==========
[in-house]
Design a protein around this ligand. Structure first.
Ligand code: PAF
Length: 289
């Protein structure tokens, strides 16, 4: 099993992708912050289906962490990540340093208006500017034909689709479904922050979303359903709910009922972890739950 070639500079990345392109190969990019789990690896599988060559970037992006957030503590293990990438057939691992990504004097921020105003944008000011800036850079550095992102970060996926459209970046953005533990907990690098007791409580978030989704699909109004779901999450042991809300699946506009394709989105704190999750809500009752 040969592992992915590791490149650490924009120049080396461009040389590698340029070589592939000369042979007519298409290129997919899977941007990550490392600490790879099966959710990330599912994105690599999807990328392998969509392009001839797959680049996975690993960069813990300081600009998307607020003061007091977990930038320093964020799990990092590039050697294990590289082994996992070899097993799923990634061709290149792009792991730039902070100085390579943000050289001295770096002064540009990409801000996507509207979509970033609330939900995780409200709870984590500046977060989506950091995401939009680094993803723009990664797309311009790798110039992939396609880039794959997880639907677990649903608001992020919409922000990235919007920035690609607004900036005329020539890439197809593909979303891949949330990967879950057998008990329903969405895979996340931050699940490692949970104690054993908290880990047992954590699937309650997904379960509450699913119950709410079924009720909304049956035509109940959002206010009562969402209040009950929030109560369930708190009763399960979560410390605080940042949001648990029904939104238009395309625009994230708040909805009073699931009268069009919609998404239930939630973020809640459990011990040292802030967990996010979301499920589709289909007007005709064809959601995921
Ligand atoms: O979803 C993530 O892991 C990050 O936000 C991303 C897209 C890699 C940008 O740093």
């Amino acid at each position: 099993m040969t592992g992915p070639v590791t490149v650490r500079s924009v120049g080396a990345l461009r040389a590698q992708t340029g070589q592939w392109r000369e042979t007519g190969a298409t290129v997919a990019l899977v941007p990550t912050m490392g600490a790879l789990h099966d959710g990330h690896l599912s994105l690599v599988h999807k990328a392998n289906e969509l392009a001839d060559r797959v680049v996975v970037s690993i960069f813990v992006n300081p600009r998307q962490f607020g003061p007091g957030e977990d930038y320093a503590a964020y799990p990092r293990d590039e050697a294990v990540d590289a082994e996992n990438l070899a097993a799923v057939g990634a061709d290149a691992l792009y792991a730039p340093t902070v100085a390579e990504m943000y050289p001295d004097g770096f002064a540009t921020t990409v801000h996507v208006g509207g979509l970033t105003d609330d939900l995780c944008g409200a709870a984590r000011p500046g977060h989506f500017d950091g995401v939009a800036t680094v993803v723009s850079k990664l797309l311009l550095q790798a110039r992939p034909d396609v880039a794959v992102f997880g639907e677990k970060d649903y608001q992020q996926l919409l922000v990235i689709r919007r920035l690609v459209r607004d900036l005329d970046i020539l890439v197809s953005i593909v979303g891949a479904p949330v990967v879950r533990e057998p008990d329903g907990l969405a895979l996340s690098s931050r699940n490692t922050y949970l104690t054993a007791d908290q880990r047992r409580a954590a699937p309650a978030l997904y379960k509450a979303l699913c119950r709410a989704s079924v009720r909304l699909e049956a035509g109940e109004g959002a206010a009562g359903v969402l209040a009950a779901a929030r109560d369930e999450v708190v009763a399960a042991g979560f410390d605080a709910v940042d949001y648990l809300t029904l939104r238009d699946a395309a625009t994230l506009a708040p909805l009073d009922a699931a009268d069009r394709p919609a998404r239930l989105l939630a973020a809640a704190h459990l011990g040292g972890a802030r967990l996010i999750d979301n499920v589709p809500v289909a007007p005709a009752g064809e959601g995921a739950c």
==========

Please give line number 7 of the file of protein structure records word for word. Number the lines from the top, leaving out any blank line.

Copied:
């Amino acid at each position: 099993m040969t592992g992915p070639v590791t490149v650490r500079s924009v120049g080396a990345l461009r040389a590698q992708t340029g070589q592939w392109r000369e042979t007519g190969a298409t290129v997919a990019l899977v941007p990550t912050m490392g600490a790879l789990h099966d959710g990330h690896l599912s994105l690599v599988h999807k990328a392998n289906e969509l392009a001839d060559r797959v680049v996975v970037s690993i960069f813990v992006n300081p600009r998307q962490f607020g003061p007091g957030e977990d930038y320093a503590a964020y799990p990092r293990d590039e050697a294990v990540d590289a082994e996992n990438l070899a097993a799923v057939g990634a061709d290149a691992l792009y792991a730039p340093t902070v100085a390579e990504m943000y050289p001295d004097g770096f002064a540009t921020t990409v801000h996507v208006g509207g979509l970033t105003d609330d939900l995780c944008g409200a709870a984590r000011p500046g977060h989506f500017d950091g995401v939009a800036t680094v993803v723009s850079k990664l797309l311009l550095q790798a110039r992939p034909d396609v880039a794959v992102f997880g639907e677990k970060d649903y608001q992020q996926l919409l922000v990235i689709r919007r920035l690609v459209r607004d900036l005329d970046i020539l890439v197809s953005i593909v979303g891949a479904p949330v990967v879950r533990e057998p008990d329903g907990l969405a895979l996340s690098s931050r699940n490692t922050y949970l104690t054993a007791d908290q880990r047992r409580a954590a699937p309650a978030l997904y379960k509450a979303l699913c119950r709410a989704s079924v009720r909304l699909e049956a035509g109940e109004g959002a206010a009562g359903v969402l209040a009950a779901a929030r109560d369930e999450v708190v009763a399960a042991g979560f410390d605080a709910v940042d949001y648990l809300t029904l939104r238009d699946a395309a625009t994230l506009a708040p909805l009073d009922a699931a009268d069009r394709p919609a998404r239930l989105l939630a973020a809640a704190h459990l011990g040292g972890a802030r967990l996010i999750d979301n499920v589709p809500v289909a007007p005709a009752g064809e959601g995921a739950c």